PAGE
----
• Who are translators? 22

• Professional pride 24

• Reliability 24 • Involvement in the profession 25

• Ethics 25 • Income 28 • Speed 28

• Translation memory software 31

• Project management 32

• Raising the status of the profession 33

• Enjoyment 33 • Discussion 40

• Exercises 44

• Suggestions for further reading 45 HESIS: While translators must meet the needs of translation users in order Tto make a living, it is also important for them to integrate those needs into a translator-oriented perspective on the work, seeing the reliability that users demand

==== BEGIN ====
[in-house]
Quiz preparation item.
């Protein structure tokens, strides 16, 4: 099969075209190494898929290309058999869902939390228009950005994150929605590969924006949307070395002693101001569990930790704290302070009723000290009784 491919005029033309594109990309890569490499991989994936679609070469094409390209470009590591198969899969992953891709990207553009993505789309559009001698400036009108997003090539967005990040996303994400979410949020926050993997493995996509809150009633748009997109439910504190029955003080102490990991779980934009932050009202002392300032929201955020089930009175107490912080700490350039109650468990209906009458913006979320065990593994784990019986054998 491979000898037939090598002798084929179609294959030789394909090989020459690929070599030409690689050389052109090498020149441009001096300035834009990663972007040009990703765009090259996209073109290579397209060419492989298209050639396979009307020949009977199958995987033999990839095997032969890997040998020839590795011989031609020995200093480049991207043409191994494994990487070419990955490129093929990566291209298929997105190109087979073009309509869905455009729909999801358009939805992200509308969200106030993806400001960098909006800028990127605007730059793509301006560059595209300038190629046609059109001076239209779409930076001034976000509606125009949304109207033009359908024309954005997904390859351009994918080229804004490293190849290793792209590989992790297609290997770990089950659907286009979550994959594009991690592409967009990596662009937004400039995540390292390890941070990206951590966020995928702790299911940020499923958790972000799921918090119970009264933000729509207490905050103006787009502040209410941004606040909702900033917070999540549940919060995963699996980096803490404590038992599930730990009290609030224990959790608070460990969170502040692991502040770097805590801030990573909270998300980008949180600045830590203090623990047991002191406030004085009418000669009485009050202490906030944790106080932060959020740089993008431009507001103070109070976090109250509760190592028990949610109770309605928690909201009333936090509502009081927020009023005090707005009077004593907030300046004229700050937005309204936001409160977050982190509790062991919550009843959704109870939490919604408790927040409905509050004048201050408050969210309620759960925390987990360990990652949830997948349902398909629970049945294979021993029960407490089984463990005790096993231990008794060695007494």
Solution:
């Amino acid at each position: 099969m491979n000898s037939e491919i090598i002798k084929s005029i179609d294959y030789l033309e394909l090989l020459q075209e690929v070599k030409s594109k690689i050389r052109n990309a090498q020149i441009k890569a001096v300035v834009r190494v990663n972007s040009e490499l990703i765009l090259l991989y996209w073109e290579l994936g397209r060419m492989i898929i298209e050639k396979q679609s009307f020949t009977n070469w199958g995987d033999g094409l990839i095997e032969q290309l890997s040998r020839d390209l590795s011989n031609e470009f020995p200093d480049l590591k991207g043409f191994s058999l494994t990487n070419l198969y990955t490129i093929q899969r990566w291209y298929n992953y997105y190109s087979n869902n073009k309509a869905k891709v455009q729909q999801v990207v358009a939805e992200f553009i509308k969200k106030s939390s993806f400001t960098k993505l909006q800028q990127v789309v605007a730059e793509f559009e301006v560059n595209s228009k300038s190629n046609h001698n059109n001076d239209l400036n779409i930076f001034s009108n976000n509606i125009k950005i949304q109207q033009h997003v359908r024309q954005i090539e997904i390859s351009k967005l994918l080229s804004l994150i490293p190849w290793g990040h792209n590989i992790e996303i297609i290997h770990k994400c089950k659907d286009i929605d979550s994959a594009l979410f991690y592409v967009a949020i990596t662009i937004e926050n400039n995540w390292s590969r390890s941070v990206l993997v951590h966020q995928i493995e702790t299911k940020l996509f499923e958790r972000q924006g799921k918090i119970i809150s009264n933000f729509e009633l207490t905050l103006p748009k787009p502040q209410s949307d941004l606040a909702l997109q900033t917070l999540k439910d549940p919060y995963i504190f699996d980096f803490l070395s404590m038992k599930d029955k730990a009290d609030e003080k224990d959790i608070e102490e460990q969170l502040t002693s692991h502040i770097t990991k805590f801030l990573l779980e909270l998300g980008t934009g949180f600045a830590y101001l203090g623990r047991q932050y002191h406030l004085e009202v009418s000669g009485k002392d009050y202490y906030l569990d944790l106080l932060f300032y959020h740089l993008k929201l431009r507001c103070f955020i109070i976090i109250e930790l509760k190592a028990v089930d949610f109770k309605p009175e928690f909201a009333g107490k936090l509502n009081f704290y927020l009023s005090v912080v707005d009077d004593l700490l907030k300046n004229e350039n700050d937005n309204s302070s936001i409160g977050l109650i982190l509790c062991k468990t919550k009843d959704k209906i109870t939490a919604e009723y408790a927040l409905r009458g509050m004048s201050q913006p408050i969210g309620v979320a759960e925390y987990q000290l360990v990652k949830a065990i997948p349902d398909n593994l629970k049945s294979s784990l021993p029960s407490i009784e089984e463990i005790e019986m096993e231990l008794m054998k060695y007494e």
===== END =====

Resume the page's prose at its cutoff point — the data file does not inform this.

in the larger context of professional pride (including also involvement in the

profession and ethics); seeing the timeliness users want in terms of enhanced

income, requiring speed but also connected to project management and raising the

status of the profession; and insisting on the importance of actually enjoying

the work.

Who are translators?